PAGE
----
Clinton, Sanders face tense debate

2016-04-14 21:10
US presidential candidates Bernie Sanders and Hillary Clinton shake hands after a Democratic presidential primary debate hosted by MSNBC at the University of New Hampshire. (David Goldman, AP)

US presidential candidates Bernie Sanders and Hillary Clinton shake hands after a Democratic presidential primary debate hosted by MSNBC at the University of New Hampshire. (David Goldman, AP)

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New York - Presidential candidates Hillary Clinton and Bernie Sanders were holding their first debate in more than a month on Thursday, a showdown that comes at a tense moment ahead of next Tuesday's Democratic primary in New York.

Republicans Donald Trump, Ted Cruz and John Kasich were also in New York to speak at a state Republican Party gala before Cruz and Kasich were making appearances on late-night shows.

Front-runners Clinton and Trump hope New York can propel them into the general election in November. Preference polls show them leading their respective contests heading into Tuesday's primary.

Sanders on Thursday disavowed remarks made by a campaign surrogate who told a large New York City rally on Wednesday that voters shouldn't "continue to elect corporate Democratic whores" beholden to special interests.

Sanders said on Twitter that the comment by Dr Paul Song, a health care activist, "was inappropriate and insensitive."

Both Democrats have New York ties. Clinton spent eight years as a senator for the state. Sanders, a Vermont senator, was born in Brooklyn. While he is on a winning streak in recent primaries and caucuses, he desperately needs a big victory in New York if he hopes to cut into Clinton's delegate lead and slow her march to the nomination.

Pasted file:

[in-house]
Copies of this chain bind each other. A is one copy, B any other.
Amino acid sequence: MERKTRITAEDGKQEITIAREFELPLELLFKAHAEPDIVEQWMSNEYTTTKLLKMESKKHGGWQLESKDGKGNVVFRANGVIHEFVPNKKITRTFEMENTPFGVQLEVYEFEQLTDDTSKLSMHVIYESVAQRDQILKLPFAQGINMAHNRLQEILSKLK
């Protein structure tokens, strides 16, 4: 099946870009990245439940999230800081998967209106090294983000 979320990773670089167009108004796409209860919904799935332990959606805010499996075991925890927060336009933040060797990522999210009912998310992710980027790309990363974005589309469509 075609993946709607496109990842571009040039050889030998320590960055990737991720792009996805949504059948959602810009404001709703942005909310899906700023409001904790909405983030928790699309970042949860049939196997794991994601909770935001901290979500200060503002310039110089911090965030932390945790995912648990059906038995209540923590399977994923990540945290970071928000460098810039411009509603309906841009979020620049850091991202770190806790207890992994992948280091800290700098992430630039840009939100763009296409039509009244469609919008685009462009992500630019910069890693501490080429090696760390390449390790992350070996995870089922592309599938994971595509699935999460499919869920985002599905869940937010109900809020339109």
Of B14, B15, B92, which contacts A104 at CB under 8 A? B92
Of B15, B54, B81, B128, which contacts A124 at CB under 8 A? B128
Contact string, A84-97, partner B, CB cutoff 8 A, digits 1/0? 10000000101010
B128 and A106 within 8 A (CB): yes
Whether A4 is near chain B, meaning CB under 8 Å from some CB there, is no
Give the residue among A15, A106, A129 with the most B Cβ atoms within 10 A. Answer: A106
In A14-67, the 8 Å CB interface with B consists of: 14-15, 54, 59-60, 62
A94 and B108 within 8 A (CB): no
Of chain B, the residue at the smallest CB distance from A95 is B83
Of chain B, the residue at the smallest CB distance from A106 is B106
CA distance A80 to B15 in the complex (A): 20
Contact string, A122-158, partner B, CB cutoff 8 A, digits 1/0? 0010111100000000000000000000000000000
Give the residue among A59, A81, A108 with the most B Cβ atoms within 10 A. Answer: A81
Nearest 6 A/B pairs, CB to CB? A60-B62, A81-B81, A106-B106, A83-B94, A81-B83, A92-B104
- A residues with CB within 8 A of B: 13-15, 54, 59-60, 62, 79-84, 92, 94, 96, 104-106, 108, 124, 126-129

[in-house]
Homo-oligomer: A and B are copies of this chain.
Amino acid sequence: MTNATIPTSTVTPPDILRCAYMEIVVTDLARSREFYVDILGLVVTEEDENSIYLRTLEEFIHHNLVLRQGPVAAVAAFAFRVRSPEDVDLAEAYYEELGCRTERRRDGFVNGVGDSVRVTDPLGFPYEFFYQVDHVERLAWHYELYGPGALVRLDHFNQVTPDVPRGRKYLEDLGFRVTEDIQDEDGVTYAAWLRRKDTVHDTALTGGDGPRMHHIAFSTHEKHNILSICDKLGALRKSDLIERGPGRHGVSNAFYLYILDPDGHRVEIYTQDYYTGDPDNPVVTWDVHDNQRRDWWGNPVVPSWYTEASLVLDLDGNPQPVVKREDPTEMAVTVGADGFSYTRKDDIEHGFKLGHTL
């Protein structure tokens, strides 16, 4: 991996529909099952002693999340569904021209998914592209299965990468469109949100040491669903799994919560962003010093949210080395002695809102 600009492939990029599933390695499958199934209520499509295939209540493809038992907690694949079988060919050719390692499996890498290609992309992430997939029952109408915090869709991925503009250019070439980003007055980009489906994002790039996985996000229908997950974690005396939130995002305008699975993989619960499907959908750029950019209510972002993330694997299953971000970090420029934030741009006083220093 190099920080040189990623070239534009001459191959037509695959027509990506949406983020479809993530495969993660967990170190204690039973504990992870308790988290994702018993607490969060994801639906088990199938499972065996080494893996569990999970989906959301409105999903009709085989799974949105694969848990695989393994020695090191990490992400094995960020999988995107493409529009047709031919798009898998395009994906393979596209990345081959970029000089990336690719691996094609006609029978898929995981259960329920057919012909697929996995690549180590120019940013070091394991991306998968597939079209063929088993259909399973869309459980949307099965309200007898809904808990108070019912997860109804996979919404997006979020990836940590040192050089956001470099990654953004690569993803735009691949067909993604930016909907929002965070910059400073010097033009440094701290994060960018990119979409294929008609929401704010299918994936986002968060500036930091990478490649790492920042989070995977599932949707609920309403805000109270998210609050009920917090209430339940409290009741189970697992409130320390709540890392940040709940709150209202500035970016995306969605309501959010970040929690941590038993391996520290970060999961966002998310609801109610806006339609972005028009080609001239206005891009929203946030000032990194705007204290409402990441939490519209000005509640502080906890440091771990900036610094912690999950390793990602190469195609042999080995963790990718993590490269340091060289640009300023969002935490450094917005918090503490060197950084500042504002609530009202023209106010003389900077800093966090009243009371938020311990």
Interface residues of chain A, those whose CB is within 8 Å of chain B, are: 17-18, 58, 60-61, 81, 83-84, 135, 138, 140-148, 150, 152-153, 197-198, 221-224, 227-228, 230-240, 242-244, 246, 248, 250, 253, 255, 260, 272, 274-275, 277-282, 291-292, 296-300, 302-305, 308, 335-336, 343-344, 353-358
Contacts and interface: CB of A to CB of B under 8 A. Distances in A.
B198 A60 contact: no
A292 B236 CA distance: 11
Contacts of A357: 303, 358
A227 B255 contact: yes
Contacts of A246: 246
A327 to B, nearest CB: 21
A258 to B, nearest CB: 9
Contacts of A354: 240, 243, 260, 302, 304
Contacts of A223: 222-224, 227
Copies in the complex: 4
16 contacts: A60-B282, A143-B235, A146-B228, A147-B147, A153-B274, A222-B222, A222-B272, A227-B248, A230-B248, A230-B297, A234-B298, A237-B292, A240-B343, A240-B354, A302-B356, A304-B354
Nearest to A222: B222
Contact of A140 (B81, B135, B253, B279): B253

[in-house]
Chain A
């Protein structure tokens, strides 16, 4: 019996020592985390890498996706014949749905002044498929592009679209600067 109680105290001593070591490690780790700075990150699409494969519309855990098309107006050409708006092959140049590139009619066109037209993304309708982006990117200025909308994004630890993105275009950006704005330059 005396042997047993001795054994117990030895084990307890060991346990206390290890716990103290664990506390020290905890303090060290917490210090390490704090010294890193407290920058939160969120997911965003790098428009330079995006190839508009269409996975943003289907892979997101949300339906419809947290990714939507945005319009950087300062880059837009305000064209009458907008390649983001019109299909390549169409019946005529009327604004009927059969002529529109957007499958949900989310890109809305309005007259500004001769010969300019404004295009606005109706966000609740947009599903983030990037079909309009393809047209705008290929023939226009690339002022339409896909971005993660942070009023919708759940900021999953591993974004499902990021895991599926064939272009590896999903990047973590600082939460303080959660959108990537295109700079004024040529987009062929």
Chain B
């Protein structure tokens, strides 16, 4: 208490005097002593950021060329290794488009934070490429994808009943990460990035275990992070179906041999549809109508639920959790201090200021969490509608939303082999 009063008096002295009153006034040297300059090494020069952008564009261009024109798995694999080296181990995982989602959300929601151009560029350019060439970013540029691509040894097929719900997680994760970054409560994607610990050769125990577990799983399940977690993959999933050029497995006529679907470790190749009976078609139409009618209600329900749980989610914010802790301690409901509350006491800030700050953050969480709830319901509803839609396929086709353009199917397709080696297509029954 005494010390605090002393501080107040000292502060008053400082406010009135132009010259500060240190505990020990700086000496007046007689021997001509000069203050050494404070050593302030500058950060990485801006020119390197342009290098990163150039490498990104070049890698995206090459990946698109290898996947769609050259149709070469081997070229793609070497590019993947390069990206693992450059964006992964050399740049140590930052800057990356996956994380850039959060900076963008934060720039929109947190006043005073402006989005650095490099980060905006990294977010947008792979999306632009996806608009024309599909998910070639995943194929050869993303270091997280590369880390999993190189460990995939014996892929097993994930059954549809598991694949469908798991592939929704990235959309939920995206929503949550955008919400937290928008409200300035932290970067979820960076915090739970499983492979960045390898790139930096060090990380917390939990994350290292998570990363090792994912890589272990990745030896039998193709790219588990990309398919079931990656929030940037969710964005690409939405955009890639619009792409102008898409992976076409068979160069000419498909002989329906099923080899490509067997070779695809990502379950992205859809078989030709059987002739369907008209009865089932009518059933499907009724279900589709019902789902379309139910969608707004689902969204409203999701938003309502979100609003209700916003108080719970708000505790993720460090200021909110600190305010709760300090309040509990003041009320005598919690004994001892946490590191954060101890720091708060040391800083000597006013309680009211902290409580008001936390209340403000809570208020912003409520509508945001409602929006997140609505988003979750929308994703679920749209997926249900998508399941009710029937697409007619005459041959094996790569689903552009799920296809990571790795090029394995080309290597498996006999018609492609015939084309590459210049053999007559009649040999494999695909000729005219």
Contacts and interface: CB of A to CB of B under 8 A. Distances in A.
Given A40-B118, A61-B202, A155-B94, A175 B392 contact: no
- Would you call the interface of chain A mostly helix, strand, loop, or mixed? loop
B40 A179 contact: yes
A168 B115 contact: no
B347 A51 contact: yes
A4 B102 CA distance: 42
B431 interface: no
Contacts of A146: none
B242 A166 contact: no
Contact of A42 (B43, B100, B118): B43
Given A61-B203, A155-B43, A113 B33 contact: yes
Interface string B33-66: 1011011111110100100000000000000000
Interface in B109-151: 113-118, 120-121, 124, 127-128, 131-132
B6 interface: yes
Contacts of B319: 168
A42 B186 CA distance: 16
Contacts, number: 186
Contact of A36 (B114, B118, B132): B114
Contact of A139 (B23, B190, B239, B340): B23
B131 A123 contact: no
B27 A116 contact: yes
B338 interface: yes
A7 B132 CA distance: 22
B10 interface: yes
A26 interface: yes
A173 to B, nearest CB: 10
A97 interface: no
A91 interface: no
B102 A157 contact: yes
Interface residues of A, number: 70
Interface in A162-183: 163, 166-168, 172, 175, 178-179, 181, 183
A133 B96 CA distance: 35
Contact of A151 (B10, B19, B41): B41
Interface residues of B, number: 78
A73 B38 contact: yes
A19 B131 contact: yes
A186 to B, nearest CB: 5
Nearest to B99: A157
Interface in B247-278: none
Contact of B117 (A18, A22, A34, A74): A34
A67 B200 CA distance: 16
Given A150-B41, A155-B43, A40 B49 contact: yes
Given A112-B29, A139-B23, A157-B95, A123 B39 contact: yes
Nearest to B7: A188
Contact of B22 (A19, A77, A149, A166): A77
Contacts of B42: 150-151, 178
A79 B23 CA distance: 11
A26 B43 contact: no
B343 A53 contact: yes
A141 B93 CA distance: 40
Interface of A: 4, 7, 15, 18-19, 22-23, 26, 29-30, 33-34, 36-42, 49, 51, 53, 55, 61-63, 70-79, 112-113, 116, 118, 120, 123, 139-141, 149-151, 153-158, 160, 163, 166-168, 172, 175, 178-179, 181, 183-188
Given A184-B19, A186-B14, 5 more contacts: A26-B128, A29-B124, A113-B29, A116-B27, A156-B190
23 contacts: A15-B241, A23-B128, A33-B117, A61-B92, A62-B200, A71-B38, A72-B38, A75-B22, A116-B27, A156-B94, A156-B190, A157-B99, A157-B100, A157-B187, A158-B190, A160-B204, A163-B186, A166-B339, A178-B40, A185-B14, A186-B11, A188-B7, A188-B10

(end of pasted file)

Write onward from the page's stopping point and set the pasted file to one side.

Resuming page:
On the Republican side, Trump is a Queens native, built his fortune in New York's real estate market and lives in a Manhattan high-rise bearing his name.

Trump hopes New York marks an end to the worst period of his candidacy, which raised new questions about his policy qualifications and revealed his campaign's unpreparedness for a potential delegate fight if the Republican race heads to a contested convention in July.

A big victory in New York could preserve Trump's ability to clinch the nomination before the convention. A candidate needs 1 237 delegates to clinch the Republican nomination.

But Cruz has been cutting into Trump's delegate lead and working feverishly to court delegates who would be free to switch loyalties if the convention's first round of balloting doesn't determine a clear nominee.

New York hasn't been friendly territory for the Texas senator. Even as he's tried to embrace East Coast culture, including making matzo with children in an Orthodox Jewish neighbourhood in Brooklyn, he's been followed by his earlier criticism of Trump's conceivably more liberal "New York values."

Seeking to lower expectations, Cruz said on Wednesday that if Trump doesn't get more than 50% of the vote in his home state, "that's widely going to be seen as a crushing loss."

Read more on:    bernie sanders  |  hillary clinton  |  us  |  us 2016 elections

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